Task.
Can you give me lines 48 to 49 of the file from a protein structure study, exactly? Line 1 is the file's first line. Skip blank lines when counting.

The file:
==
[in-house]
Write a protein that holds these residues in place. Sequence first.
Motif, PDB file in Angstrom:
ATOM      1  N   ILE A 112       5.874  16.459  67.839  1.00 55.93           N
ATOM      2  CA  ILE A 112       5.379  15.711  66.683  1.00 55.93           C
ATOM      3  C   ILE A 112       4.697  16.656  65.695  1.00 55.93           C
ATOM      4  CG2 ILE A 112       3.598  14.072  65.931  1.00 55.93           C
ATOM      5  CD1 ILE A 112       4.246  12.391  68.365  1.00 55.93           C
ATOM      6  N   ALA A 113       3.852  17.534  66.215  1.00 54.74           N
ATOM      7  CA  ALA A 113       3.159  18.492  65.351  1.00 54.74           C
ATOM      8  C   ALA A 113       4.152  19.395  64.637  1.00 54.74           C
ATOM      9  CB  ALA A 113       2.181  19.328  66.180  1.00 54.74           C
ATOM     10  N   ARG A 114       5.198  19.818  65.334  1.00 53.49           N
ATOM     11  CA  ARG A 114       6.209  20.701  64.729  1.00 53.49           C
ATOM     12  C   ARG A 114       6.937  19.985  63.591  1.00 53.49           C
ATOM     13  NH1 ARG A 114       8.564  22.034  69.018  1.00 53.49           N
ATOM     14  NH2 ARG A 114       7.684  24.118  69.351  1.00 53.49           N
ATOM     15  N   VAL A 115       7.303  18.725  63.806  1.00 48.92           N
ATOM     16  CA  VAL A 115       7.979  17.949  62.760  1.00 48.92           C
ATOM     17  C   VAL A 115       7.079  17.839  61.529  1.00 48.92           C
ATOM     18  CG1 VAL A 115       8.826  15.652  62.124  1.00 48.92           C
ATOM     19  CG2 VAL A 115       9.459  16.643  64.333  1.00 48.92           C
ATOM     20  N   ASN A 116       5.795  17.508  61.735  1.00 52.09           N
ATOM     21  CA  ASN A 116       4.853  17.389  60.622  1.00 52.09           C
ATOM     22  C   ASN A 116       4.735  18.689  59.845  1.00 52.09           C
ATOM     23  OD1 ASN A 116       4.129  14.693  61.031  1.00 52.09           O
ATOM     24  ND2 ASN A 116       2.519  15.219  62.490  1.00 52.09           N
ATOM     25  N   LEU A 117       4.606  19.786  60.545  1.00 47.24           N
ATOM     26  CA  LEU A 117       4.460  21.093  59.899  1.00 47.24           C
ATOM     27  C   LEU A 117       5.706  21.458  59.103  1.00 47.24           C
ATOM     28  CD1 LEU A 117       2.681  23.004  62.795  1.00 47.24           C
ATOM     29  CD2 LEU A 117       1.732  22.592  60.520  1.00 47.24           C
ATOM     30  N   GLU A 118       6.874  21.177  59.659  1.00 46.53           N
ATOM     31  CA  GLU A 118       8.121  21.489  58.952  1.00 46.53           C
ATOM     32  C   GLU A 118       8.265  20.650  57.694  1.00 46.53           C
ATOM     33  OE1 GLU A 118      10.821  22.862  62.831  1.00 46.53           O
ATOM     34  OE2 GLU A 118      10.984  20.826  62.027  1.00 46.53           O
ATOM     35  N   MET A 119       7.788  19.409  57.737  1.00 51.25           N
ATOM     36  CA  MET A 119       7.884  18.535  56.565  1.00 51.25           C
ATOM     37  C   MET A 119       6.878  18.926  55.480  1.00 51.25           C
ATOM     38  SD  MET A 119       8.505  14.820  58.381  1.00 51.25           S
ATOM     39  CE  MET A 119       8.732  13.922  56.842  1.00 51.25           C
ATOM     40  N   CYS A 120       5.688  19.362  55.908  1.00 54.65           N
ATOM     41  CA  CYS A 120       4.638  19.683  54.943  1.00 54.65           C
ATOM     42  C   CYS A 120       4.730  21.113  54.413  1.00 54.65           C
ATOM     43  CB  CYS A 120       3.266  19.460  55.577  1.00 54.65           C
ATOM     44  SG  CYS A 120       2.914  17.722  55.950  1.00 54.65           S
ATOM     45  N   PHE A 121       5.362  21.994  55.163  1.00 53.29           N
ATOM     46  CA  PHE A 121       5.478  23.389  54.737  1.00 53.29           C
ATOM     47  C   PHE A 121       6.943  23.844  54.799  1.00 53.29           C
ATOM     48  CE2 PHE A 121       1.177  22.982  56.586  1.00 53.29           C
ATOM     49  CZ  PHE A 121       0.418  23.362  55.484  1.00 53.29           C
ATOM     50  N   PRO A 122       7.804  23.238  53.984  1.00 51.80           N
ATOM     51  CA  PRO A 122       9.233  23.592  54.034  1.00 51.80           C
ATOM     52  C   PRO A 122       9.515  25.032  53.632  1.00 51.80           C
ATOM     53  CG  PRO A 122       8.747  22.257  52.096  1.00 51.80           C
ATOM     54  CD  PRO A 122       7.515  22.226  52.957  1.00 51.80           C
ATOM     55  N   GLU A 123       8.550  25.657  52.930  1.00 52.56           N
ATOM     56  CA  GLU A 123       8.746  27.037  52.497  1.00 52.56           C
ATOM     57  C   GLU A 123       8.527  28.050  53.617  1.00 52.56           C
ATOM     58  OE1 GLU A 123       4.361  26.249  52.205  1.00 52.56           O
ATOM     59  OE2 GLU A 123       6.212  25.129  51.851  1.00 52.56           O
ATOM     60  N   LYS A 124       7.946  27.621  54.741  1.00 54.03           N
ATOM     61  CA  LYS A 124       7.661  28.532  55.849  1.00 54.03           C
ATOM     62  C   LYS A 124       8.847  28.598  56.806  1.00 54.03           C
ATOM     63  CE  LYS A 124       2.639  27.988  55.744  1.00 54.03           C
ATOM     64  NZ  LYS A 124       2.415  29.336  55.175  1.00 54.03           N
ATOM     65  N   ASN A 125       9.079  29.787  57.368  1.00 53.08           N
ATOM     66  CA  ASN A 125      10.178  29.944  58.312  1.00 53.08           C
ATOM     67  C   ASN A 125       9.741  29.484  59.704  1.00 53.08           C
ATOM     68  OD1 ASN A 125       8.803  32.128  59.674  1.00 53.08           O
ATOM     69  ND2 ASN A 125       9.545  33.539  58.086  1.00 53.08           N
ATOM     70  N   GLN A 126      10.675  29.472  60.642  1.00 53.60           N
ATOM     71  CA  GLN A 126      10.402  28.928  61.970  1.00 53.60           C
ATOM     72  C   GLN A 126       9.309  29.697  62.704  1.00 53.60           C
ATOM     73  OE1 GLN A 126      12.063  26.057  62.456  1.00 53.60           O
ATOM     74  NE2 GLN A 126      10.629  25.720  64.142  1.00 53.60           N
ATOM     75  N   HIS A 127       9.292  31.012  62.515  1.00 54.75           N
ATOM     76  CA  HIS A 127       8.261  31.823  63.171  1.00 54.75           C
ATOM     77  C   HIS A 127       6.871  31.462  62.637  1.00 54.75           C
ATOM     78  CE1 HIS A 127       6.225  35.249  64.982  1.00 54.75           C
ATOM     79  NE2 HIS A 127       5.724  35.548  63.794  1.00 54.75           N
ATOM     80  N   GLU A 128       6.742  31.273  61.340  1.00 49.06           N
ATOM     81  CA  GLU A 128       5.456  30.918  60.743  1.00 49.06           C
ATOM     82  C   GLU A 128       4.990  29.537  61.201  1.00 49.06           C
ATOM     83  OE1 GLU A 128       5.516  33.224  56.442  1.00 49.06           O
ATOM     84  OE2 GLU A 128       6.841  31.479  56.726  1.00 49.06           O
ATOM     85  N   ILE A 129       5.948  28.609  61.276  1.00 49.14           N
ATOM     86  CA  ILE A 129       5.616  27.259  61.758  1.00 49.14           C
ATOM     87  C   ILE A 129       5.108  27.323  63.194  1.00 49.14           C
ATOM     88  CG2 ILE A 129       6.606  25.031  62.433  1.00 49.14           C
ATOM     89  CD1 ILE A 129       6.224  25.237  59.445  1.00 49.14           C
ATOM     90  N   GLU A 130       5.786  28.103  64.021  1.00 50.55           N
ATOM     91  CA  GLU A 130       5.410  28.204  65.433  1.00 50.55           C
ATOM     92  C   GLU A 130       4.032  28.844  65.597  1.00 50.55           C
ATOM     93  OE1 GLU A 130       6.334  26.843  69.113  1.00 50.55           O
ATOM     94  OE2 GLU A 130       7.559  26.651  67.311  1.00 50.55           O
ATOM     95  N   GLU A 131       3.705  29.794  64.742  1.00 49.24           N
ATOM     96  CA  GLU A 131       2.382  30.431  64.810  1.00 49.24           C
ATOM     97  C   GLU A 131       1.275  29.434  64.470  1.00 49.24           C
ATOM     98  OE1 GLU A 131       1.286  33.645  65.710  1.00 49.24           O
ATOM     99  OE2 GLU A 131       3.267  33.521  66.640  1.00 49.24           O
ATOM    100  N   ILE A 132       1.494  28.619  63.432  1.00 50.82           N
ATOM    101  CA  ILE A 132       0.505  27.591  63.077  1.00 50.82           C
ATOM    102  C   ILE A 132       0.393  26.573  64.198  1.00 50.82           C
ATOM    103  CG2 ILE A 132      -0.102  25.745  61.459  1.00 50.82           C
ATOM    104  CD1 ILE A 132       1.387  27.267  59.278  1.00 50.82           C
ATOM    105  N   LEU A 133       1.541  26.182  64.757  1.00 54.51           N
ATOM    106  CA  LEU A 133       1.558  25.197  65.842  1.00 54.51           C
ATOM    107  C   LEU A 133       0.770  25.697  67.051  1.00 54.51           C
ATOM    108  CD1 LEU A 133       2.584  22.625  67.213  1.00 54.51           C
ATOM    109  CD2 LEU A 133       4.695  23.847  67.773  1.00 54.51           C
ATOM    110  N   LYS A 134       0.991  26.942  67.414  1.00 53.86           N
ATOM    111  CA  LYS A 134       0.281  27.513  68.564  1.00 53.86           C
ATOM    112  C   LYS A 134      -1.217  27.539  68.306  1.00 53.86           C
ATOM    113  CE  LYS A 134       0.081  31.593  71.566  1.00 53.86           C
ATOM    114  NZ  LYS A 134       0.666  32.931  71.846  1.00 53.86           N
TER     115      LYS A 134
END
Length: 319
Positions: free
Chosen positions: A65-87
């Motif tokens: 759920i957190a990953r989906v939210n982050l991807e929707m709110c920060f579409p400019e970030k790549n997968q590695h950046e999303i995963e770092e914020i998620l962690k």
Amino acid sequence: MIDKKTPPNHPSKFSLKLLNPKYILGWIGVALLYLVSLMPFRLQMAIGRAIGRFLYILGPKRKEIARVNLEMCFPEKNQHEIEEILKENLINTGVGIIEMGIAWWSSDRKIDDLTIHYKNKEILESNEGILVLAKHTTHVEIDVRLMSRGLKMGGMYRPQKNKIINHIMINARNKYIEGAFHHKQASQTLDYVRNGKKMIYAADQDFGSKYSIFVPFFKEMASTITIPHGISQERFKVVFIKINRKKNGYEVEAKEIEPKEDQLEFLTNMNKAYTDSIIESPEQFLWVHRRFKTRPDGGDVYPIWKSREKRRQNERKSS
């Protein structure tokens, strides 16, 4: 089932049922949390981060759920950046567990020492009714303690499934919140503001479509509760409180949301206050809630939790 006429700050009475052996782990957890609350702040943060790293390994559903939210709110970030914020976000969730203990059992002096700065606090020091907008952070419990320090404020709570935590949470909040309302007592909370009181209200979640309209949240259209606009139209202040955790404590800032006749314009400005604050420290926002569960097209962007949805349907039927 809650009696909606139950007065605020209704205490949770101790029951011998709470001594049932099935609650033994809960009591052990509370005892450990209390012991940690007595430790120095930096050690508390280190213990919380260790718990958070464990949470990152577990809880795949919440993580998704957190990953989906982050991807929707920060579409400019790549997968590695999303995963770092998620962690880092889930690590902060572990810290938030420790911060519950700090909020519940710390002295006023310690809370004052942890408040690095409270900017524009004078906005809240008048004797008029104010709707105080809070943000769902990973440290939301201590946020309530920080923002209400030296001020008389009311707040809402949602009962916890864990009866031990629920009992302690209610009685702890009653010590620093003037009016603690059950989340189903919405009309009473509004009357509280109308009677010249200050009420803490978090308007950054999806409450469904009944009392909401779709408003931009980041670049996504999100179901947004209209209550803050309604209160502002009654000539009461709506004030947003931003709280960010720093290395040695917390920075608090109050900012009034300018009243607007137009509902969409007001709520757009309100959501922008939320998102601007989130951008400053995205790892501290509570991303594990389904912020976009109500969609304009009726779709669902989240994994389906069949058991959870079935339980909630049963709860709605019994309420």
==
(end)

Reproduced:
ATOM     45  N   PHE A 121       5.362  21.994  55.163  1.00 53.29           N
ATOM     46  CA  PHE A 121       5.478  23.389  54.737  1.00 53.29           C